Re: Proposal: Syntax extension

From: German Vidal <gvidal_at_dsic.upv.es>
Date: Fri, 07 Jan 2011 01:53:27 +0100

On 06/01/2011, at 21:41, Sergio Antoy wrote:

> On Thu, 06 Jan 2011, Michael Hanus wrote:
>
>> Wolfgang Lux wrote:
>>> Thinking a bit more about it, I finally see a reason for keeping the
>>> linearity restriction: Pattern matching in Curry (as in any other lazy
>>> language) causes evaluation to head normal form, i.e., arguments are
>>> evaluated just as far as necessary to make their shape equivalent to
>>> the pattern. This is no longer the case with non-linear patterns. Each
>>
>> This is true but it is questionable whether one really
>> reasons about a program in such individual steps
>> like hnf computations. For instance, the work on the
>> rewriting logic CRWL shows that a programmer might better
>> reason in terms of call-by-value evaluations
>> to understand the effect of nondeterministic computations.
>> Laziness is a good vehicle to ensure completeness of computations,
>> but it is not easy to think in this evaluation order.
>>
>> As a solution to this difficulty, I can imagine that
>> a compiler issues warnings on demand for non-linear patterns,
>> like it issue warnings for variables with a single occurrence.
>
> I like the idea of a warning.

Yes, warnings might be useful. Nevertheless, I don't really see a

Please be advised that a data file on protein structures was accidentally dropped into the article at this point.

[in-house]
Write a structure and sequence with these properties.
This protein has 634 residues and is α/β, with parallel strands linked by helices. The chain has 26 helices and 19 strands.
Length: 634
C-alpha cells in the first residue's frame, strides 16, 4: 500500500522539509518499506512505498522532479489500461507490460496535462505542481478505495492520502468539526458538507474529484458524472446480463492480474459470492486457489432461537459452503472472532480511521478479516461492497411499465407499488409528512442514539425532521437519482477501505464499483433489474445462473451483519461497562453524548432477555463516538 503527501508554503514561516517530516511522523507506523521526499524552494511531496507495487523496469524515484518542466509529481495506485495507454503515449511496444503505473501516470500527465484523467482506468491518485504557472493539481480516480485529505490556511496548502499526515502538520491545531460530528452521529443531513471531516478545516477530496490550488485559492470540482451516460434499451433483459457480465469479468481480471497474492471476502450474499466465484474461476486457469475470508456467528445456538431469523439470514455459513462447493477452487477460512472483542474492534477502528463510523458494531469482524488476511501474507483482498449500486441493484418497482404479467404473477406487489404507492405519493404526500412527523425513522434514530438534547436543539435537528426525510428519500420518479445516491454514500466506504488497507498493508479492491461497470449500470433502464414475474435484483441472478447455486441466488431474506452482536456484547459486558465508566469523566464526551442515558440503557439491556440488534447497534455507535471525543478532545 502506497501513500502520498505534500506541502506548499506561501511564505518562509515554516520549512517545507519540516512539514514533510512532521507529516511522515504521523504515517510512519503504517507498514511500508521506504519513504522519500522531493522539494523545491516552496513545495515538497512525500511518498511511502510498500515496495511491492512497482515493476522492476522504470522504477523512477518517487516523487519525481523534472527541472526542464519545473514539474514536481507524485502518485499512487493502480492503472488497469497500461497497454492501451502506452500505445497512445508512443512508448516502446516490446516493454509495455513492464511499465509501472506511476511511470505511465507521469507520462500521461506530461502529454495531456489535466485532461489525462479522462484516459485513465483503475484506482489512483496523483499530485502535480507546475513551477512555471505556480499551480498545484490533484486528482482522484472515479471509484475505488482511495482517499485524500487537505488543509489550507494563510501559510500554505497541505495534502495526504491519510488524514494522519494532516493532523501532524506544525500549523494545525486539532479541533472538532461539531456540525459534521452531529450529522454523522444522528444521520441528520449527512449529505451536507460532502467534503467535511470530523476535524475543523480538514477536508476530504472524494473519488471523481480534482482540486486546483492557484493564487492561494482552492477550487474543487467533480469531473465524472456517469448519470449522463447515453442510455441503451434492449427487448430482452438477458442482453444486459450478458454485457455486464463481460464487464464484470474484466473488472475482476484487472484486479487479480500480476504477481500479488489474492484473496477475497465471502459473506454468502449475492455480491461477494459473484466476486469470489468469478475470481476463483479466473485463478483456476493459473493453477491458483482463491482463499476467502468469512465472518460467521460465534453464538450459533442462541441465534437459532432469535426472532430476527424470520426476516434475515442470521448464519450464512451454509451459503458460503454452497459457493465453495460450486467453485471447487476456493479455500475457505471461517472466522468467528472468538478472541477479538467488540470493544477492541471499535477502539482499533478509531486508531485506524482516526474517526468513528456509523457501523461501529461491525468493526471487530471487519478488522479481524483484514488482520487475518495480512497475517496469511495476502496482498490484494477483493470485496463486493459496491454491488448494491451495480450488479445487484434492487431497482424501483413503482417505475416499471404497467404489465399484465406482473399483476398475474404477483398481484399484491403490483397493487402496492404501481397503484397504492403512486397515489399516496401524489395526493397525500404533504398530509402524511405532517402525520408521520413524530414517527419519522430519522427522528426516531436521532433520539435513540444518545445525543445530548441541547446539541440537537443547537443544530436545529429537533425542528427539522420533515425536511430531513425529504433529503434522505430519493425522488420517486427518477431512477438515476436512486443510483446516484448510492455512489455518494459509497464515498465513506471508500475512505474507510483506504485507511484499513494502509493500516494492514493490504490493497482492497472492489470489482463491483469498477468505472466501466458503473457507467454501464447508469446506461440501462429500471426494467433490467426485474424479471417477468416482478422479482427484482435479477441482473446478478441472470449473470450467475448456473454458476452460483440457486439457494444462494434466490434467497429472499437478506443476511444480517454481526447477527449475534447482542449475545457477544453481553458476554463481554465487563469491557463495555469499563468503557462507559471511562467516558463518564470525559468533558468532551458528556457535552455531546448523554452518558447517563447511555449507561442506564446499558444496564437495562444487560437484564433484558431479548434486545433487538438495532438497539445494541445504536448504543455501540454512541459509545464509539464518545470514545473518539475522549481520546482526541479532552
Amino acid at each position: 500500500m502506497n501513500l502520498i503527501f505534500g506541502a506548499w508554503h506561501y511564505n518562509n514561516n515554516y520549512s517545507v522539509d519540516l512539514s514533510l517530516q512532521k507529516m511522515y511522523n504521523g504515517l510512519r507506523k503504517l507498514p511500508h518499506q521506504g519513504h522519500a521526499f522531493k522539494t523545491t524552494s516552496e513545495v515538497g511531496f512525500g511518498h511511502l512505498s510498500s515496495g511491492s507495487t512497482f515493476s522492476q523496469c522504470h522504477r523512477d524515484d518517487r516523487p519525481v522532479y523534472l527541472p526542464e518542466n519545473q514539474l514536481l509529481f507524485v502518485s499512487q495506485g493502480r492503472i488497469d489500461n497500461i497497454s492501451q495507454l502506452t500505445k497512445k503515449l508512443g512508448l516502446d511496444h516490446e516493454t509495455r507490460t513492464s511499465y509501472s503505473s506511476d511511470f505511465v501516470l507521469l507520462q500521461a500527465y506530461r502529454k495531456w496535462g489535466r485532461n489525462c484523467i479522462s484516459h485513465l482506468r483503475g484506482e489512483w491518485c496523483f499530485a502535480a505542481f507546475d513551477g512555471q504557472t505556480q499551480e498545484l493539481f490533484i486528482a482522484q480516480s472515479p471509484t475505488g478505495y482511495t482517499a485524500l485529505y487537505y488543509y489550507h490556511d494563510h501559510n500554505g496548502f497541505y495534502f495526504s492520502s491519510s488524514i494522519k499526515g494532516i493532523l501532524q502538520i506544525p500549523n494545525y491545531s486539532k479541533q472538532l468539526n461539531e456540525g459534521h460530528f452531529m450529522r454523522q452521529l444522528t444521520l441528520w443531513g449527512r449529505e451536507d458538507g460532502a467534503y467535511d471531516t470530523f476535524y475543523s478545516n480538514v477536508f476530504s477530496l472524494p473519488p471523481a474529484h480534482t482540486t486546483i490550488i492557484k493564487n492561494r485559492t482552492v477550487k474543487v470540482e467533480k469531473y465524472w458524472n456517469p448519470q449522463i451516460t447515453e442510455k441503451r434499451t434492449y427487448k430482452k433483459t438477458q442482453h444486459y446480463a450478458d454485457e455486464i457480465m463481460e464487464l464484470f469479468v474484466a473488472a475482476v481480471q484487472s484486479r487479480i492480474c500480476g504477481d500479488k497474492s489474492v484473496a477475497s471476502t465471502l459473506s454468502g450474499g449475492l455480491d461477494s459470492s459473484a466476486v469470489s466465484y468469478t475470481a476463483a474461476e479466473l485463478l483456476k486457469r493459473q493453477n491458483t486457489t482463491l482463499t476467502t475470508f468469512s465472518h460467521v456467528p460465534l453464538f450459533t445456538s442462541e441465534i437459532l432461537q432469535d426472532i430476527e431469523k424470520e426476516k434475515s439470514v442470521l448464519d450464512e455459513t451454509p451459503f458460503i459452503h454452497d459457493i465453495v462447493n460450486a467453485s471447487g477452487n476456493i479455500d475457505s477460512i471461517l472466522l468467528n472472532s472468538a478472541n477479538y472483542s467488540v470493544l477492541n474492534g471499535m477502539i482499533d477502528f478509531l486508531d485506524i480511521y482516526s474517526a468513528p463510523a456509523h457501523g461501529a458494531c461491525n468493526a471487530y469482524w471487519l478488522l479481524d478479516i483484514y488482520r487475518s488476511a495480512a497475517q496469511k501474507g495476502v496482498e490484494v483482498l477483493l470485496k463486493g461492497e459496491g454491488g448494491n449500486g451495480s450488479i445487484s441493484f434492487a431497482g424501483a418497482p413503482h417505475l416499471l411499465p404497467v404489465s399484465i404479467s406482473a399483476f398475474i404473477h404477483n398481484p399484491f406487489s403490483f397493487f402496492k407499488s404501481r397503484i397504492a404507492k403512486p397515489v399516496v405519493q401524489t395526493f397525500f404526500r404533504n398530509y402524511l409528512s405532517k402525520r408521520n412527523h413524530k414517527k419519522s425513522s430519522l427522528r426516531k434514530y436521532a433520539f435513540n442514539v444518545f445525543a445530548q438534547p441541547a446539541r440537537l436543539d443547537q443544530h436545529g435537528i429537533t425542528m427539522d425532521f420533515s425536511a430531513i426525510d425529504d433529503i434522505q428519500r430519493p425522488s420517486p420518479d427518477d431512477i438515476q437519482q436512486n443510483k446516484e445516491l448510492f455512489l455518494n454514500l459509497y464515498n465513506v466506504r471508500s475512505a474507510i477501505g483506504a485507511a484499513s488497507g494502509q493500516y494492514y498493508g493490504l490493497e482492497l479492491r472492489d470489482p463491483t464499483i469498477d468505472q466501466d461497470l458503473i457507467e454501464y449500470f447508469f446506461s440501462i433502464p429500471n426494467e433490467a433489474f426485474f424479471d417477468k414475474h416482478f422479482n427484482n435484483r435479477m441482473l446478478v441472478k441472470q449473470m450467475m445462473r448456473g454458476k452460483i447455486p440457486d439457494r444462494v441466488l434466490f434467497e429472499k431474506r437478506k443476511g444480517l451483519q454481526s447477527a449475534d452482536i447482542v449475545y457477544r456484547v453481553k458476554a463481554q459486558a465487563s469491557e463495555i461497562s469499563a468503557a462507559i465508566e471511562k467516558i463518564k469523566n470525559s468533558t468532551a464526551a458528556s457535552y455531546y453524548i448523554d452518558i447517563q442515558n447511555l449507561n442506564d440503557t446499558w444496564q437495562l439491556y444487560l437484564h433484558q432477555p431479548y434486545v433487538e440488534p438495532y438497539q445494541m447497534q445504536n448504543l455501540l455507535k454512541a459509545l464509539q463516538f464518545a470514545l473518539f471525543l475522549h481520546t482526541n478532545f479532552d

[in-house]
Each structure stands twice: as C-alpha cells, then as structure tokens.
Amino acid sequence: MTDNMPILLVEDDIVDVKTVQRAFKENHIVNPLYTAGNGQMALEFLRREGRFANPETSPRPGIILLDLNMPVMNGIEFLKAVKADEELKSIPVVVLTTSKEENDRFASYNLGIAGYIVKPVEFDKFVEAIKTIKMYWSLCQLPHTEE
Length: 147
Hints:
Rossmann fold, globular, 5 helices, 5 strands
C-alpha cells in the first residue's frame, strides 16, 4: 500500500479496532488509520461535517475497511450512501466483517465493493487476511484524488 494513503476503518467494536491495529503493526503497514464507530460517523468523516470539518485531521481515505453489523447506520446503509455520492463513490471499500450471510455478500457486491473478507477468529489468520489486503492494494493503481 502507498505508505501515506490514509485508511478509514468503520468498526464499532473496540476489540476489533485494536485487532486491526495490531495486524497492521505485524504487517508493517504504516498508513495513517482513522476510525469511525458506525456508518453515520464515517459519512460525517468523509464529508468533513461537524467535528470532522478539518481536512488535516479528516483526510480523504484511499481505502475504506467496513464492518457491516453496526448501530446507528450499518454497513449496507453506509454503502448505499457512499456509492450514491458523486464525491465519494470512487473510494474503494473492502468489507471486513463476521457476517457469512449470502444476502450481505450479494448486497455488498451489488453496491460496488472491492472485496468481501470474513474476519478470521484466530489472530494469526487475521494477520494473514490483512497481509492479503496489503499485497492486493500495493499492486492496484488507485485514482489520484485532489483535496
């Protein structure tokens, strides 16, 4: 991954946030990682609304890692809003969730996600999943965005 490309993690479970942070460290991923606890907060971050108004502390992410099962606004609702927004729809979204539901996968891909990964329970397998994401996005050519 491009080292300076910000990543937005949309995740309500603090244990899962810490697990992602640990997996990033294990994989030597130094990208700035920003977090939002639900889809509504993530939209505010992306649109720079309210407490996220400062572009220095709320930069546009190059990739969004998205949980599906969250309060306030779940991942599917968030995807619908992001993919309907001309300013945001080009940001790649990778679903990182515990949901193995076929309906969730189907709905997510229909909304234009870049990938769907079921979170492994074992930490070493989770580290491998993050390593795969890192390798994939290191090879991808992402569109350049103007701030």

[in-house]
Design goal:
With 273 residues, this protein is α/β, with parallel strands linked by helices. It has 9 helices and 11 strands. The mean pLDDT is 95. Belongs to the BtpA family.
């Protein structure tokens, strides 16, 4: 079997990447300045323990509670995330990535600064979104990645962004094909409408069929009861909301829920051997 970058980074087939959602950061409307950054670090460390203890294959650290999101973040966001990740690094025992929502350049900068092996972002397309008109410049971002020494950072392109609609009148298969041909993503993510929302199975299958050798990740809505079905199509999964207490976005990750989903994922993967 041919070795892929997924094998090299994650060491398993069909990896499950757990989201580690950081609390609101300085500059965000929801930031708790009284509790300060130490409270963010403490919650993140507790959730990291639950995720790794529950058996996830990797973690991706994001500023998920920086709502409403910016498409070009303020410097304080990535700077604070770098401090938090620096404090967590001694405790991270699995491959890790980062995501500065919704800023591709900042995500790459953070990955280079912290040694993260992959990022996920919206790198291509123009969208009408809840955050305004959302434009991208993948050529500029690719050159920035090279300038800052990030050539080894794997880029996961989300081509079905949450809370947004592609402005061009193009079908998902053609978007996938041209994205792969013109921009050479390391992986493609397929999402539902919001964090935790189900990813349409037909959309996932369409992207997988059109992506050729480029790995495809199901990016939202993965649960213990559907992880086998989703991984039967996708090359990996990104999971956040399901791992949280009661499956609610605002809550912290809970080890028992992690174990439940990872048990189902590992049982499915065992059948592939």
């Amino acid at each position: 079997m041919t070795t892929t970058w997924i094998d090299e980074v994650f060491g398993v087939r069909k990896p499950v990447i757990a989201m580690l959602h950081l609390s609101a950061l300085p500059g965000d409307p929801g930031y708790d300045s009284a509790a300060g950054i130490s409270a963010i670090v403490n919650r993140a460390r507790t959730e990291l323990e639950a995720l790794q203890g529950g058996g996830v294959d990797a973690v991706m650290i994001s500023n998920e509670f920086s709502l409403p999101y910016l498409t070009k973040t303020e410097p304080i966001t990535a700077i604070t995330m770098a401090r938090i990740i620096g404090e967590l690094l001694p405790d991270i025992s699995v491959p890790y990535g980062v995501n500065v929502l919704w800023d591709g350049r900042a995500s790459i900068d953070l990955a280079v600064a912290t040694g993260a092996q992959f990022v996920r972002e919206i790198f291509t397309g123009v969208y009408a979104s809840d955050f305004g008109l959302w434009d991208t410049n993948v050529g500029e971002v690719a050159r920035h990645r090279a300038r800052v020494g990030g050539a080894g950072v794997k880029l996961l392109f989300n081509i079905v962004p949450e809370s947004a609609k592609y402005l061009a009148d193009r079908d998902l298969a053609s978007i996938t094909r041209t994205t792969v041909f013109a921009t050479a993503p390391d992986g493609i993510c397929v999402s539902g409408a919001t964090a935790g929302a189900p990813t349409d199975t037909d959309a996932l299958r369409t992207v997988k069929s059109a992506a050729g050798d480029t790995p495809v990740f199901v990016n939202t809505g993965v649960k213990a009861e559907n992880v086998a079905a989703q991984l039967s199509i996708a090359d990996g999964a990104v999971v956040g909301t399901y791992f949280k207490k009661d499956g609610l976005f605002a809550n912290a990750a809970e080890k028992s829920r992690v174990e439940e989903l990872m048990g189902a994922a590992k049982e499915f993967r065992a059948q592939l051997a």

problem with laziness here. If one clarifies that non-linear patterns
are just syntactic sugar for an equality constraint between arguments,
it should be clear that evaluation to normal form is required; actually,
I think that no confusion can arise since non-linear patterns are not
allowed in lazy functional languages like Haskell.

>>> There is also one point in your proposal that needs further
>>> clarification: What about function rules with (constraint) guards? f x
>>> x | g = e seems to have at least two possible translations: Either
>>> sequential
>>> f x y | x=:=y &> g = e
>>> or concurrent
>>> f x y | x=:=y & g = e
>>
>> Good point, but I have no preference or good arguments for
>> one of them. Intuitively, I'd prefer the sequential interpretation
>> since the non-linearity condition belongs to the matching,
>> i.e., it should be checked before any other guard or right-hand
>> side computations takes place.
>
> Are there some plausible examples where there is a difference
> which might help choosing either one of the options?

I also prefer the sequential one. E.g., given a function like

  f x x | g Zero = Foo
  g Zero = g Zero
  g One = success

and the first translation

  f x y | x =:= y & g Zero = Foo

a call like (f Zero One) might enter an infinite loop if the considered
selection strategy is not fair and always selects the second constraint
in (Zero =:= One & g Zero). This is not what one would expect here but
an immediate failure of unification between Zero and One.

Similarly, given a call like (f (g Zero) (g Zero)), one would expect an
infinite failure but a fair selection strategy will give rise to a
finite failure.

So I think that &> is more reasonable.

Best wishes,
German
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Received on Fri Jan 07 2011 - 10:34:30 CET

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